On the other hand, research suggests children are able to differentiate fact from fiction from early childhood. Studies suggest children with rich fantasy lives may actually be better at identifying the boundaries between fantasy and reality.

But if parents want to, by all means they're entitled to do so. Any benefit from believing in Santa vanishes when children stop believing in him. Dr Coulson concludes – "The Santa myth is a wonderful lie, but the more we tell lies, the more our kids are going to find out we are deceitful".

Sophie Heizer is the commissioning editor for education at The Conversation Australia.

To comment on this story or anything else you have seen on BBC Capital, please head over to our Facebook  page or message us on Twitter.

Is Santa Real? What to Tell Kids About Santa Claus

From decking the halls to trimming the tree, a lot of work goes into making your home feel magical for the holidays... and chances are, you don't receive any help from the North Pole with your gift shopping and other Christmas responsibilities. If you have little ones in your home, then you know that making all that Christmas magic look effortless can be a challenge. Inevitably, your children will start to question, "Is Santa real?" and when that time comes, you'll want to make sure both you and your kids are prepared for the answer.

"The discussion on Santa does not completely depend on a certain age or level of maturity of a child," Neha Navsaria, Ph.D., child psychologist and associate professor of psychiatry at the Washington University School of Medicine, tells Woman's Day. "It depends more on how a parent responds to their child's reaction — by acknowledging, accepting, and respecting their child’s feelings. " According to her, a child who feels heard is far more likely to feel emotionally safe and willing to learn. That said, the answer to whether or not Santa Claus is real may be more complicated than either of you realize.

So, is Santa Claus real?

Santa Claus is real, of course. The New York Sun even reported it back in 1897! Not to mention, Santa has his own hotline and the North American Aerospace Defense Command (NORAD) even tracks his sleigh on Christmas Eve. But the current Santa Claus isn’t from the North Pole. According to an article published in the Washington Post, a man from Long Island legally changed his name to Santa Claus in 2012. After spending years playing the role of Santa at Macy's in New York City, Claus now continues to appear as Santa at community and private events. He told the Washington Post that legally changing his name made the experience a bit more enchanting. When a child asks if he's really Santa, he has the documentation to back it up.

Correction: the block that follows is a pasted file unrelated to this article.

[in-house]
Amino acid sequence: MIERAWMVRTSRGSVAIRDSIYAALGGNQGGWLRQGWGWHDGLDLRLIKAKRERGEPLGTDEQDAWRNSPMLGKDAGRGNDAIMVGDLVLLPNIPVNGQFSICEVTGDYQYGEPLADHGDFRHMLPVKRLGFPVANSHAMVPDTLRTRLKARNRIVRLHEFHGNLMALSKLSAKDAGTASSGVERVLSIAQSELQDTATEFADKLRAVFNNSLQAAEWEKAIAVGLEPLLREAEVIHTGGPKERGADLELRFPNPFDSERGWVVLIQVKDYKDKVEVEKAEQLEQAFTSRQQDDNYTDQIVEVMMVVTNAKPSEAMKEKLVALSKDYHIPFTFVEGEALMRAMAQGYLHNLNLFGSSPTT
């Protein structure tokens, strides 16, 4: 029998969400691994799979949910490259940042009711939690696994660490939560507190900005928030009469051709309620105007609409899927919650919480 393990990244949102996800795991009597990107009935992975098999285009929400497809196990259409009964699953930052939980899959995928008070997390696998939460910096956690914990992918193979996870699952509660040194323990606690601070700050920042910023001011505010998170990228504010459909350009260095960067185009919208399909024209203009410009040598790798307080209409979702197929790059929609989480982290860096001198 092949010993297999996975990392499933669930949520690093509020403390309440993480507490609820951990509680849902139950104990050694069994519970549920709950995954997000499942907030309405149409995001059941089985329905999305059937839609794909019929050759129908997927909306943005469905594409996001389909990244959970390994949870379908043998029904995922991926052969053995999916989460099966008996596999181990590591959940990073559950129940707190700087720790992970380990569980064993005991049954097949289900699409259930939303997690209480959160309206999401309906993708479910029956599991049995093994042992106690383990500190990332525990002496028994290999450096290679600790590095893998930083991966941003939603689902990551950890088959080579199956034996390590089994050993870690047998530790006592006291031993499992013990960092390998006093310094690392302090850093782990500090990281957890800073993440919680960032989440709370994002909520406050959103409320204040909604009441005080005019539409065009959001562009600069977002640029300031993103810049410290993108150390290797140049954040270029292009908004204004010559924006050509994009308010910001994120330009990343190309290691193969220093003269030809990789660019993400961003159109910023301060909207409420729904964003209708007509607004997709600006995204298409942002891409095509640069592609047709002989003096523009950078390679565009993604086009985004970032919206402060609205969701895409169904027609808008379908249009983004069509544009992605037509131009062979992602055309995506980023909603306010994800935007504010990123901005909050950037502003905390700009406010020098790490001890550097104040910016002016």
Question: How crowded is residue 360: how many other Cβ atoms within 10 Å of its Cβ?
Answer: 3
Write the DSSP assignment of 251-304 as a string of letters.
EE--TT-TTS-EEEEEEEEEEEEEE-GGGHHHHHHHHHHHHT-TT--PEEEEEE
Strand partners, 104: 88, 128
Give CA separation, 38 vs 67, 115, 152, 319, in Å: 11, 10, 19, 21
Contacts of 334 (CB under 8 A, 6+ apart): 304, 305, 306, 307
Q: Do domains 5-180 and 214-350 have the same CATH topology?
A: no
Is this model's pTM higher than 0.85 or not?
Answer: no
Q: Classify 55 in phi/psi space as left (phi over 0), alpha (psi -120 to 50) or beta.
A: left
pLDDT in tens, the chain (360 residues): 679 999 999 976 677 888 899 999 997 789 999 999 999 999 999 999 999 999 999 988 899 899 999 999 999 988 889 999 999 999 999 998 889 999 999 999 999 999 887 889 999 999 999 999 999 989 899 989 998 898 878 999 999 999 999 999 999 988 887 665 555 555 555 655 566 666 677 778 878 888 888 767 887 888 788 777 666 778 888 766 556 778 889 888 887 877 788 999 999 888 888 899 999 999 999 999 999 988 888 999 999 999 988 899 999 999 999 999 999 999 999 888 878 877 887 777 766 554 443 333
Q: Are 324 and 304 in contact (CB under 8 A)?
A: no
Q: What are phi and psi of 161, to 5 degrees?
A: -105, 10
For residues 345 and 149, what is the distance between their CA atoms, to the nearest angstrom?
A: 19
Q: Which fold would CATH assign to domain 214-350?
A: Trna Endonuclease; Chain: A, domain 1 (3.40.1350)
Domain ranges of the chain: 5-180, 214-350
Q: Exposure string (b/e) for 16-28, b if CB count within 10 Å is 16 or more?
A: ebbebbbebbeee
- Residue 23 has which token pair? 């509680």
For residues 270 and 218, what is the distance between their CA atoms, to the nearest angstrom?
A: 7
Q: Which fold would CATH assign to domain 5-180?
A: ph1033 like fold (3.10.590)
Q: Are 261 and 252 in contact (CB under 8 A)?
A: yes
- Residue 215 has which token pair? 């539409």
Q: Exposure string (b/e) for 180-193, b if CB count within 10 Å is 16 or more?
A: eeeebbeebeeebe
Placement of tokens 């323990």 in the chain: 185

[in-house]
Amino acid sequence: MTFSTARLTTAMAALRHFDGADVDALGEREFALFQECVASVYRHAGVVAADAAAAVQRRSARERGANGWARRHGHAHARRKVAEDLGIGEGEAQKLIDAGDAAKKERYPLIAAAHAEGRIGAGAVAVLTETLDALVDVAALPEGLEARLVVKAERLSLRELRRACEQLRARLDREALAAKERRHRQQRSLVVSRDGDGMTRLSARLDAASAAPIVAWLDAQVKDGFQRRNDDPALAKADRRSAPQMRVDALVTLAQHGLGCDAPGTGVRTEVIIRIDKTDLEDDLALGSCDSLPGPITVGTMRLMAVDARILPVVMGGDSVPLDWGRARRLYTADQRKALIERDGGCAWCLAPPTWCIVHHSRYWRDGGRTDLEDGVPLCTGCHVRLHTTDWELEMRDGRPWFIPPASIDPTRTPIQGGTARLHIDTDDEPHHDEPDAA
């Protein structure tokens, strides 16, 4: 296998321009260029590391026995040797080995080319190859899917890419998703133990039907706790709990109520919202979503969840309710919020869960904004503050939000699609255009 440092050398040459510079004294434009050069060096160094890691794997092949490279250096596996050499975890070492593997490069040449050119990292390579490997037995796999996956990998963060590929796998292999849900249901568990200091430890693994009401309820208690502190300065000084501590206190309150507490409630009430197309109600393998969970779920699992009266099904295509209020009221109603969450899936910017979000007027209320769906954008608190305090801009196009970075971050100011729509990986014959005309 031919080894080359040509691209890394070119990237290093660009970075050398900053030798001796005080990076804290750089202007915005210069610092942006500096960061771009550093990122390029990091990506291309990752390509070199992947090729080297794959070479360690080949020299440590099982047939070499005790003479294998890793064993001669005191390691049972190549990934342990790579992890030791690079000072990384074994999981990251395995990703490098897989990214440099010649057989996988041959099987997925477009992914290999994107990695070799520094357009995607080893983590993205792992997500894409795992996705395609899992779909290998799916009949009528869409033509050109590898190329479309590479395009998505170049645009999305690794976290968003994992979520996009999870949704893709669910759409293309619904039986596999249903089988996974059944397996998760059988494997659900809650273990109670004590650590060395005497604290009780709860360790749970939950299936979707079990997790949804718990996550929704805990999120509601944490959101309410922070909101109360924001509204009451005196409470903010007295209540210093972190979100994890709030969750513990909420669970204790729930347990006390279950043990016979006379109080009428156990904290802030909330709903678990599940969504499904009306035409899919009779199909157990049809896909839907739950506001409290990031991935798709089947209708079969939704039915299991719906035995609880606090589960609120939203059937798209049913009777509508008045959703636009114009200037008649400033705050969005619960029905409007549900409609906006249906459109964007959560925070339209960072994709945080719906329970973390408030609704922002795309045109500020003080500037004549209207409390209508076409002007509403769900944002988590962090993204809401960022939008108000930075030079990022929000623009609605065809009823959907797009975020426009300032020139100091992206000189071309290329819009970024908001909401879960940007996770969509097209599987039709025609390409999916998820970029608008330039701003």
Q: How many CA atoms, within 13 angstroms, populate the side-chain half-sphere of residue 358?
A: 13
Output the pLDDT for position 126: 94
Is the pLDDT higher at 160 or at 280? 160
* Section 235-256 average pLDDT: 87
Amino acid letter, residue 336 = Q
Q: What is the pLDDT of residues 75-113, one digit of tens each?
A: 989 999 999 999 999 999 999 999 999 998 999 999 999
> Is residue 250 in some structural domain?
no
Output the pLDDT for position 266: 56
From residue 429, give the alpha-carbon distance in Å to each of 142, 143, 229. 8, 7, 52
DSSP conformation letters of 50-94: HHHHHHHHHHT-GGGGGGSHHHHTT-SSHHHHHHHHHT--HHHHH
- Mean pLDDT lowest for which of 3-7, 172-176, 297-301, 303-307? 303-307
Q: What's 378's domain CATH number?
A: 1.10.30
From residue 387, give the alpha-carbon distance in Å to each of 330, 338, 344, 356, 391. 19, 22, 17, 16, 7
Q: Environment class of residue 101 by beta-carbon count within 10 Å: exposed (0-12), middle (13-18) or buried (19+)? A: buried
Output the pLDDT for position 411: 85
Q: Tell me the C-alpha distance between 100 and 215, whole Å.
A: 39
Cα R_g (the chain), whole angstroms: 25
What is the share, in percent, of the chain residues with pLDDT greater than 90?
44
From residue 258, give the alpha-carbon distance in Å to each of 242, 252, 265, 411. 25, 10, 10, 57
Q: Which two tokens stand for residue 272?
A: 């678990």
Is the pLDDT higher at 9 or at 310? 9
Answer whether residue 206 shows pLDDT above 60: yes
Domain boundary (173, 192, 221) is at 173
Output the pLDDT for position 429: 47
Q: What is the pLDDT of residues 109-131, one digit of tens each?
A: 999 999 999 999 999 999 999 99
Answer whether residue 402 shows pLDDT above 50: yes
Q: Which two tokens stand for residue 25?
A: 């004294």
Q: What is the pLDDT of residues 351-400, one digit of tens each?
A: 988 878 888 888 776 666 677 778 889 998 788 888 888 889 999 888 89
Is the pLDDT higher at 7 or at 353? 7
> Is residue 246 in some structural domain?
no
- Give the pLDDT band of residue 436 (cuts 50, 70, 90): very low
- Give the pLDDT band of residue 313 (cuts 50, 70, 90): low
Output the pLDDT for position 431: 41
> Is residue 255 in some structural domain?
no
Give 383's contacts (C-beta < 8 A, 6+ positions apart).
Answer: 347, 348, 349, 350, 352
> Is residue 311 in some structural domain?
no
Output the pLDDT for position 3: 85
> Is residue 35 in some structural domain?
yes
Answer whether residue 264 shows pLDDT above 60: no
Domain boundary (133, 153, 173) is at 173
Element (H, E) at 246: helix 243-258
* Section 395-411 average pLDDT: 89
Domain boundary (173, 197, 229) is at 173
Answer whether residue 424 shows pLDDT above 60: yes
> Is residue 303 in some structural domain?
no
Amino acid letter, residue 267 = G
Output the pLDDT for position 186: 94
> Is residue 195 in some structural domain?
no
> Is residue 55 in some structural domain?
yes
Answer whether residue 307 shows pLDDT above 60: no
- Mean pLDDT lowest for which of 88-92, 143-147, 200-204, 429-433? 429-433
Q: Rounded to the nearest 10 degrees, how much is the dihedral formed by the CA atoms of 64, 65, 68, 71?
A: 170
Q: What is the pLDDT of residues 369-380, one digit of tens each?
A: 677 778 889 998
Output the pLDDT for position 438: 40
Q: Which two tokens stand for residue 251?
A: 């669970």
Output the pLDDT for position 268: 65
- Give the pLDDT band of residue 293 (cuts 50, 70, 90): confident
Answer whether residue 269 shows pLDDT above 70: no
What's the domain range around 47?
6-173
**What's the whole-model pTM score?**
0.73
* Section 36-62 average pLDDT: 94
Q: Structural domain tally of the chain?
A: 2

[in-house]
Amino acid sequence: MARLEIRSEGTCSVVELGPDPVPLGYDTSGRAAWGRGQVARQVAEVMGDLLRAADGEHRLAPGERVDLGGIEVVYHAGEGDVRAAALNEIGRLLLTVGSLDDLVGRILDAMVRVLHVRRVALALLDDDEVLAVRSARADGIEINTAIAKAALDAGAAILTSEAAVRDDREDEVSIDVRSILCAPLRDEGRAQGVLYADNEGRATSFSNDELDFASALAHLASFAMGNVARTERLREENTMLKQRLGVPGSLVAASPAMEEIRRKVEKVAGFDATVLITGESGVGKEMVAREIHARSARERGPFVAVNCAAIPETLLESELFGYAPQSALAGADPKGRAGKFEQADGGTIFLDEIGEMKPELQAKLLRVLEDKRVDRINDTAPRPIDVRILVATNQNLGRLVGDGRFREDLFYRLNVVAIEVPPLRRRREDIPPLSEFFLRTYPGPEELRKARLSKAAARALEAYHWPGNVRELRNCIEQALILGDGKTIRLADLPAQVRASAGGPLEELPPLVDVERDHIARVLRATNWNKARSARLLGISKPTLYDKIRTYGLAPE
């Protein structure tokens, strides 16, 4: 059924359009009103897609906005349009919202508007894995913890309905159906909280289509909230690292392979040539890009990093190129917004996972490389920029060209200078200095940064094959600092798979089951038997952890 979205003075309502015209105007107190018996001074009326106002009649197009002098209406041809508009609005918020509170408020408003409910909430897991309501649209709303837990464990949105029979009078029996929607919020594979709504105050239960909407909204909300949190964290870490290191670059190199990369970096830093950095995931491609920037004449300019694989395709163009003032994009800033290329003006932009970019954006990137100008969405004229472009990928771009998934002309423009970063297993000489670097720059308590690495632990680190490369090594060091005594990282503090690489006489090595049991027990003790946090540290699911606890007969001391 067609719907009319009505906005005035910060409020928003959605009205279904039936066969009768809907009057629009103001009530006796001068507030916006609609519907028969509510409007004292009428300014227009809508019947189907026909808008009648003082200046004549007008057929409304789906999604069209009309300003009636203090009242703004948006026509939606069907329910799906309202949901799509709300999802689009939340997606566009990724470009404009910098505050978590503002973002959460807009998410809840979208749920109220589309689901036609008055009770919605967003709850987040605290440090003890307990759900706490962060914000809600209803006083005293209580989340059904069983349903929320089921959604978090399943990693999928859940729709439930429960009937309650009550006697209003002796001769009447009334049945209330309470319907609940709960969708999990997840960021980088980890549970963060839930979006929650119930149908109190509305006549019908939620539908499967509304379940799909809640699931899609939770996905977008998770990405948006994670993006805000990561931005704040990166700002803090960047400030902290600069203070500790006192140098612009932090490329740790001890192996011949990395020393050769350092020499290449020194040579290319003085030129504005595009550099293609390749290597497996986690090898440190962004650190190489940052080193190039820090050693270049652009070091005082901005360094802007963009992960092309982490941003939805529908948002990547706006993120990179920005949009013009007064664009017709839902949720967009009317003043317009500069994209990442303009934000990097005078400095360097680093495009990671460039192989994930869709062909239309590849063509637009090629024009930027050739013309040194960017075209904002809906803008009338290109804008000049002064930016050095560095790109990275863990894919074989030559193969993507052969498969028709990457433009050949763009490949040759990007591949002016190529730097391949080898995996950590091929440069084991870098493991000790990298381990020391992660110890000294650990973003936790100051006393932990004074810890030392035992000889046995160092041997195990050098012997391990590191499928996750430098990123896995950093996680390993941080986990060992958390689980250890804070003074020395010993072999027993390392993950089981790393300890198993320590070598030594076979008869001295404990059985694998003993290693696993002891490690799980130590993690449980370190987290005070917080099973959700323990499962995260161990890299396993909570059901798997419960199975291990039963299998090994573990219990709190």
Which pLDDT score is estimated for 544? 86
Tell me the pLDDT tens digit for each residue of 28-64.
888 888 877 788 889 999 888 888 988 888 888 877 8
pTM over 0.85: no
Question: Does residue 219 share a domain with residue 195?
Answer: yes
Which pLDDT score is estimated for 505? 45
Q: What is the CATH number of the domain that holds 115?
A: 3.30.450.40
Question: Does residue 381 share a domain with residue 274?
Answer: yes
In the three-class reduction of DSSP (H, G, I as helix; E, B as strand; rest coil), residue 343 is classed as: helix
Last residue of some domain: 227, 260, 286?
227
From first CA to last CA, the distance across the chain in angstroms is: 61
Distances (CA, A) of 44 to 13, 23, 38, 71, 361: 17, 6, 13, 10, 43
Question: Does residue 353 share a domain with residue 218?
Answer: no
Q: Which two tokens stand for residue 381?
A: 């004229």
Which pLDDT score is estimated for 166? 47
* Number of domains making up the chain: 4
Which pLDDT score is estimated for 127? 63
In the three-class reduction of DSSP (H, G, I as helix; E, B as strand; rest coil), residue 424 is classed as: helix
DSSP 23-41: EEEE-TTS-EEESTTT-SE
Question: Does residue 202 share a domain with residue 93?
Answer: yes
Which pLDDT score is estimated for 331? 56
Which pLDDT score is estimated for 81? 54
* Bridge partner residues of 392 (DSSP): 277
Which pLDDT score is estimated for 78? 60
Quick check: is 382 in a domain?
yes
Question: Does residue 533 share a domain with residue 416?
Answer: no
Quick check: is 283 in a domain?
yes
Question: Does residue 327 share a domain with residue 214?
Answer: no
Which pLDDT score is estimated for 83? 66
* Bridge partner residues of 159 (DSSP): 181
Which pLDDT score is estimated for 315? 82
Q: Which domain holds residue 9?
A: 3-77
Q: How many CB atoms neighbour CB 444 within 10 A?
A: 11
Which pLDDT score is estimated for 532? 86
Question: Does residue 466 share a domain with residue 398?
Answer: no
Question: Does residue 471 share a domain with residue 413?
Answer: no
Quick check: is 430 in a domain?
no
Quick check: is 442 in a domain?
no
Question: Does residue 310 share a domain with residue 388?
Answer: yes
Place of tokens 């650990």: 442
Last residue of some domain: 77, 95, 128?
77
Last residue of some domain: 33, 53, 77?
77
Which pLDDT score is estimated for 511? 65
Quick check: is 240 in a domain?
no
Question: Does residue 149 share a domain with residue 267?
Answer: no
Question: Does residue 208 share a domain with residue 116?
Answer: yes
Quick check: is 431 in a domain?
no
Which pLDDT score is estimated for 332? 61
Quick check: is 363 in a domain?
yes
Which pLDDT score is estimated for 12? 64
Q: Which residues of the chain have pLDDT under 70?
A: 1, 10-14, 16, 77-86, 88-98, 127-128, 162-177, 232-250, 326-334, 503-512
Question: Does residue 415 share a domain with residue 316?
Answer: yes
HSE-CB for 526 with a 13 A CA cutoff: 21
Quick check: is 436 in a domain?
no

Long before this Santa Claus, though, there was Saint Nicholas. According to historical records, Saint Nicholas was a monk born in the third century in a village called Patara, now part of modern-day Turkey. He was known for his kindness and good deeds, and he eventually became to be known as the protector of children and sailors. After his death, the legend and the magic of Saint Nicholas continued to spread throughout Europe. Eventually, Dutch, Swiss, and German immigrants moved to America and the tradition of Saint Nicholas evolved into the jolly, red-suited Santa Claus we know today.

How to answer questions about Santa Claus

If your kids are starting to ask questions about Santa, it’s time to think about how you address the topic

skynesher//Getty Images

Santa Claus is real in a sense, but if your kids are starting to ask questions about their Elf on the Shelf and the presents under the tree, then it might be time to address the topic head-on. The first step: Put yourself in their shoes. "Children may feel sad, confused, disappointed, or angry," Navsaria says. But no matter how they're feeling, Navsaria notes that you should acknowledge these emotions and let your child know that it is okay to feel that way. This probably won't be the last time your children will experience disillusionment, after all, so think of this conversation as an opportunity.

Navsaria suggests that you begin the conversation by asking your kids why they're beginning to think that Santa might not exist and what that means for them. "They may wonder how one moves forward in celebrating Christmas without a certain sense of magic," explains Navsaria. "However, once a parent has validated their child's emotion, they can show them how to continue the magic in new and different ways." Consider sharing your own experience of finding out about Santa Claus in order to connect with your child so they feel less alone in their sense of grief and loss.

      You can also use this conversation as an opportunity to think about what the story and tradition of Santa means to your family, as well as how you can all keep good feelings associated with him alive in the future.

      The (Wonderful) Truth About Santa by B. K. Gendron and Jessica Jansen

      The (Wonderful) Truth About Santa by B. K. Gendron and Jessica Jansen

      $13 at Books-a-Million

      For example, actress Kristen Bell spoke to Woman's Day in 2019 about how she broached the topic of Santa with her daughter. When her daughter started asking questions about Santa, Bell offered to speak honestly with her, then read her daughter a book called The (Wonderful) Truth About Santa, which teaches kids that anyone can be a Santa Claus by being kind and generous with others, especially during the holiday season.